By the mid 1850’s Britain had been transformed from a feudal society, through a mercantile society, into an industrial society.
The old feudal ideas did not die so easily. The bosses (owners and managers) treated the workers as though they were serfs.
It was into this society that James Keir Hardie was born in 1856.
Born out of wedlock to Mary Keir (a servant girl), who later married a carpenter named David Hardie, he would henceforth be known as Keir Hardie.
He started work (for a baker) at aged 8, and by the age of 11 he was a coal miner. He never attended school, but by the age of 17, with the help of his mother he had learned to read and write.
Keir Hardie understood the intolerable conditions of working people, and he became a union organiser. His fame spread.
By 1891 he had been elected as a member of parliament for the West Ham (London) constituency. He was a fervent advocate for women’s rights; for free schooling; for pensions for working people; and for Indian self-rule.
Hardie hit the headlines in 1894 when, after an explosion at a colliery in Pontypridd which killed 251 miners, he asked that a message of condolence to the relatives of the victims be added to an address of congratulations on the birth of a royal heir (the future Edward VIII). The request was refused and Hardie made a speech attacking the monarchy, which resulted in uproar in the House of Commons . In 1895, he lost his parliamentary seat.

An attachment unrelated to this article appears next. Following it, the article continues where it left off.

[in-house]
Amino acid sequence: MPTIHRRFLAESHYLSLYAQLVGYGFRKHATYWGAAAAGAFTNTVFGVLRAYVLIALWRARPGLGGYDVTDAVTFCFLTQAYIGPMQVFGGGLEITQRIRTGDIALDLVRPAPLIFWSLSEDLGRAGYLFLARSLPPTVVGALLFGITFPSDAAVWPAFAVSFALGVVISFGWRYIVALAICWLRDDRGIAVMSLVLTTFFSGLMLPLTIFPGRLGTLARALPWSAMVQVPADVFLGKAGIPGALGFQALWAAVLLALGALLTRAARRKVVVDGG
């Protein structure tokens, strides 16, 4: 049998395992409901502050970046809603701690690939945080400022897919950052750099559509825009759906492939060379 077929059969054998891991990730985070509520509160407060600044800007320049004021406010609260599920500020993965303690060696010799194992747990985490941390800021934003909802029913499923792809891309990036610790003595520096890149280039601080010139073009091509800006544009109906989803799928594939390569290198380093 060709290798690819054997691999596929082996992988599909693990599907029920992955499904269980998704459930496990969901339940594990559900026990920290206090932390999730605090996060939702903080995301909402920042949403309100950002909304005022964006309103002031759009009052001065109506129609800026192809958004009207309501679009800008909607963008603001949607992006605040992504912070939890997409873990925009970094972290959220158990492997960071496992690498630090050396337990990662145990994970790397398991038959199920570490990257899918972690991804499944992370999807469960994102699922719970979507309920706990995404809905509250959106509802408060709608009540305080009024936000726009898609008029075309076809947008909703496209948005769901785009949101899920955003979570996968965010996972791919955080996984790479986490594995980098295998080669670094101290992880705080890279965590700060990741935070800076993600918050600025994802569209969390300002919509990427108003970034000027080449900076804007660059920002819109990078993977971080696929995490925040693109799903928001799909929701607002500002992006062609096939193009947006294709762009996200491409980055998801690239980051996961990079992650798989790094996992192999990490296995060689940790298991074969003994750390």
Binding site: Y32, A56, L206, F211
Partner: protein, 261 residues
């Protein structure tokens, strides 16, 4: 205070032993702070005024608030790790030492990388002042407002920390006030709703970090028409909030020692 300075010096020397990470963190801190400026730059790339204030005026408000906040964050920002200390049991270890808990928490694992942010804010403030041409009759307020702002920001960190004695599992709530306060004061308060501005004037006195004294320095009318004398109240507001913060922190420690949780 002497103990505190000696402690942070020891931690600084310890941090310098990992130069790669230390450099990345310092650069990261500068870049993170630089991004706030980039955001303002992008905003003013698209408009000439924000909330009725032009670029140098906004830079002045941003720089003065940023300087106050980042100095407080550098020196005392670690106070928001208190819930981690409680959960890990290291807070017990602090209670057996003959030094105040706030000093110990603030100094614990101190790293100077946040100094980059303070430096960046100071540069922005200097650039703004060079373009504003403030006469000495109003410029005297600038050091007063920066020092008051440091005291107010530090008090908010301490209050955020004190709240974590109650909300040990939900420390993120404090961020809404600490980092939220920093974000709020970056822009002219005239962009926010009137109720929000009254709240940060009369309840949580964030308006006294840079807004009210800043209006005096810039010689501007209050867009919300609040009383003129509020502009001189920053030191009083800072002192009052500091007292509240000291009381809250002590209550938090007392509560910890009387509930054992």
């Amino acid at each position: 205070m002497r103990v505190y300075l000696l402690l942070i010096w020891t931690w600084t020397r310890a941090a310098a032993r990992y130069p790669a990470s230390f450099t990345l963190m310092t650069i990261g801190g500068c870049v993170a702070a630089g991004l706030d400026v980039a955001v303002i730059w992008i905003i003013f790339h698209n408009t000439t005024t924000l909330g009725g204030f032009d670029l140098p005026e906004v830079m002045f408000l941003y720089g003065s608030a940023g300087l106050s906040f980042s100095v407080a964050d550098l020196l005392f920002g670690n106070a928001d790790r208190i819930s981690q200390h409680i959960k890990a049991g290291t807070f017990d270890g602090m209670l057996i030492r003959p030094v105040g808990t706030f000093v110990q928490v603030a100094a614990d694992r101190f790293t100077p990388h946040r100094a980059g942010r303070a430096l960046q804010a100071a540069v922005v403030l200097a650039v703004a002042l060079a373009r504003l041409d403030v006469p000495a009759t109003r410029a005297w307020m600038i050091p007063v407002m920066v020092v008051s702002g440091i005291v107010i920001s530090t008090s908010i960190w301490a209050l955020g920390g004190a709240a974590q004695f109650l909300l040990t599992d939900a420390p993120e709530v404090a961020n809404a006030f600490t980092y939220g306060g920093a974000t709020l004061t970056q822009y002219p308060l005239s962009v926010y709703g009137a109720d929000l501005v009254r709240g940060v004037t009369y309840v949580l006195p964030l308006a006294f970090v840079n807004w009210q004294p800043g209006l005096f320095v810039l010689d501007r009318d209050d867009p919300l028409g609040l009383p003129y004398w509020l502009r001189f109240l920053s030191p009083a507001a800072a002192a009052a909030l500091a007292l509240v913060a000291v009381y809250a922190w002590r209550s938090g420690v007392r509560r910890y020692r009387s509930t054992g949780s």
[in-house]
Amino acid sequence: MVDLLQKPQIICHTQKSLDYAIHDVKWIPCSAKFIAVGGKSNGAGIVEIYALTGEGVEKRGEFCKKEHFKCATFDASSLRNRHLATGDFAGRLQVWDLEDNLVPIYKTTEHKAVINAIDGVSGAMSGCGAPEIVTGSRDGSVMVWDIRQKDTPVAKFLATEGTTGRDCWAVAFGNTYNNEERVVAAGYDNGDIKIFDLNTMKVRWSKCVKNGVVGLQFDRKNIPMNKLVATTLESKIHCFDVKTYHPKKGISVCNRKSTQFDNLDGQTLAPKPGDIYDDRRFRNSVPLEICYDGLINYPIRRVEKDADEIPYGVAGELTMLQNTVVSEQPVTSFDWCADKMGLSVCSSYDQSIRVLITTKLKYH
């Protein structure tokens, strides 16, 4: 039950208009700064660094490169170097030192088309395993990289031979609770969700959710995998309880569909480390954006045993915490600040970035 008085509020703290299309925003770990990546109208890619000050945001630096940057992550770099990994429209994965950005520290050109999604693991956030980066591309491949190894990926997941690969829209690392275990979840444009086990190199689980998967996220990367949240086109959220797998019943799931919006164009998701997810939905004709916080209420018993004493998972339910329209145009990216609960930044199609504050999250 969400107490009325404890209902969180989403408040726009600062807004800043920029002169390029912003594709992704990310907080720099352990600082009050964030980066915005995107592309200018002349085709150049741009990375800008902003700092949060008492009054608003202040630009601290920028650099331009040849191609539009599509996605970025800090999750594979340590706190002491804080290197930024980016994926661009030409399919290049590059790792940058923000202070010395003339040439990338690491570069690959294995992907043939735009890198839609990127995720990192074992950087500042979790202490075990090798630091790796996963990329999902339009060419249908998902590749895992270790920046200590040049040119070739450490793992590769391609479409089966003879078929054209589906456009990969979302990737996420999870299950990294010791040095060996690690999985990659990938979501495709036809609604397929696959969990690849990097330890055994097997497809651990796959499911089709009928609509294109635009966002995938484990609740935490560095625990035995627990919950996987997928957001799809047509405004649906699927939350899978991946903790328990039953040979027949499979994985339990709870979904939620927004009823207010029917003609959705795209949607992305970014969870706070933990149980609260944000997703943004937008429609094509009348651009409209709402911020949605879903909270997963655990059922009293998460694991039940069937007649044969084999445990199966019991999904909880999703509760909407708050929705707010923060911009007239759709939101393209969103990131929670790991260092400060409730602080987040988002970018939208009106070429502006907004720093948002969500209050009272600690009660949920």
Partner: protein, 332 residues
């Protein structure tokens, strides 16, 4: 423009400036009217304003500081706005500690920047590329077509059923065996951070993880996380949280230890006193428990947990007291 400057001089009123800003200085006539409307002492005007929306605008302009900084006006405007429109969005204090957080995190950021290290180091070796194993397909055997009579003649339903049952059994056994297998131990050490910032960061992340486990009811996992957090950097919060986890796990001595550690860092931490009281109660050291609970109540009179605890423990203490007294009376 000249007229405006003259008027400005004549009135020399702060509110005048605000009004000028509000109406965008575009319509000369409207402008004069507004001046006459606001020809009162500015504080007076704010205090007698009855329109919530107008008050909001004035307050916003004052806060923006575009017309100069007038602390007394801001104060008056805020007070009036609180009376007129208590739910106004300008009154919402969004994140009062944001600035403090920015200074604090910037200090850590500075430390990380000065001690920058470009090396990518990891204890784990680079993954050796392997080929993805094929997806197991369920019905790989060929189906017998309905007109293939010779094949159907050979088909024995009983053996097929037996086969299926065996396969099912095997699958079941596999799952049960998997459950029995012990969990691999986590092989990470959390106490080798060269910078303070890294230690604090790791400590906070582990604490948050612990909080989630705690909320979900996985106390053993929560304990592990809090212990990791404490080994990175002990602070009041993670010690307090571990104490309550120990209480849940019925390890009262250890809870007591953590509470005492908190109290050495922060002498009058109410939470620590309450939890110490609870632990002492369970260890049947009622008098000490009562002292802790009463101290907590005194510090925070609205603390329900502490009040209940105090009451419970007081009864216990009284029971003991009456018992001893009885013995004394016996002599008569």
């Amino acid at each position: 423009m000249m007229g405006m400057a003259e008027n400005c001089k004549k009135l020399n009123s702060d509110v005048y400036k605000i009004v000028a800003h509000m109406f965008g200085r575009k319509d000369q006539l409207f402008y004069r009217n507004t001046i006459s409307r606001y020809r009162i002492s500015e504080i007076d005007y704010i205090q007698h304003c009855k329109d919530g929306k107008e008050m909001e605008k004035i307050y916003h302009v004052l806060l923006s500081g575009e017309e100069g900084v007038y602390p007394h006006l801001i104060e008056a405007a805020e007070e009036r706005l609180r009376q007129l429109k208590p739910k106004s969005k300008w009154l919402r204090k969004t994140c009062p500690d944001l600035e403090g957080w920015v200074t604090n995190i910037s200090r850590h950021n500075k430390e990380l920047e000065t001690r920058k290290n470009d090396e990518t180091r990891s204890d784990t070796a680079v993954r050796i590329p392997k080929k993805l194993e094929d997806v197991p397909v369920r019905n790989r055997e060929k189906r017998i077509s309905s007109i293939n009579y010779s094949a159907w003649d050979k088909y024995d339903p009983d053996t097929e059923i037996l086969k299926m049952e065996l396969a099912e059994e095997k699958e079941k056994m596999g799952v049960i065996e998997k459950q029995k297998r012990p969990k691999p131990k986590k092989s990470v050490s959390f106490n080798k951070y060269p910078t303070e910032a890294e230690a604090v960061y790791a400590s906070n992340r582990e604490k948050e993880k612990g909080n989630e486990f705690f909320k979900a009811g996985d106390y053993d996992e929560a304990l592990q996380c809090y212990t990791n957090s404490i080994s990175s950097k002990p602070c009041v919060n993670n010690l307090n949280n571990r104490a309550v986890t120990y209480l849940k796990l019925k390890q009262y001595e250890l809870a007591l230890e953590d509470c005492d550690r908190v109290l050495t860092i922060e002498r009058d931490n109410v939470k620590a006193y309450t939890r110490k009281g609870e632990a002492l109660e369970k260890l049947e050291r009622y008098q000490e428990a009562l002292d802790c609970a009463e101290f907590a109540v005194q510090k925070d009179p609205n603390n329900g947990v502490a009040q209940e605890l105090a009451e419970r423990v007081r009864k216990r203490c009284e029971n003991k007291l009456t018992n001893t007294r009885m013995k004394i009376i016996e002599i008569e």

(British working people were also fervent Monarchists!)
In 1893 he had founded the Independent Labour Party, with the intention of representing the working classes in parliament.
Then in 1897, though raised as an atheist he converted to evangelical Christianity, and became a local (i.e. lay) preacher.
From then on his vision was rooted in the Christian Gospel.
In 1900 he, with others worked to merge the various socialist bodies into what became the British Labour Party.
In that year he was also elected as Member of Parliament for Merthyr Tydfil and Aberdare, in Wales. He was one of only two Labour M.P.’s, in that Parliament.
By 1906 there were 26 Labour Members of Parliament.
Keir Hardie was in his own words an “agitator”.
He agitated for women’s rights (he was a friend of Suffragette Sylvia Pankhurst).
He agitated for Indian self rule, and for Egyptian independence.
He agitated against racial segregation in South Africa.
He was entirely opposed to the “Boer War” – as was a Canon Holland of St. Paul’s Cathedral. London who said the following:
"We should humiliate ourselves for the blundering recklessness with
which we entered on the war, and the insolence and arrogance which blinded us so utterly. Let there be no more vain-glory, no more braggart tongues, and let us at the beginning of the New Year find our true understanding."
(Shades of the Anglo-American Iraq adventure?)
Keir Hardie was also a despised pacifist when World War I broke out.
I salute the memory of this grand Christian socialist. I am grateful that my parents also honoured his memory.
Had they not done so, I would never have included Keir Hardie in my pantheon.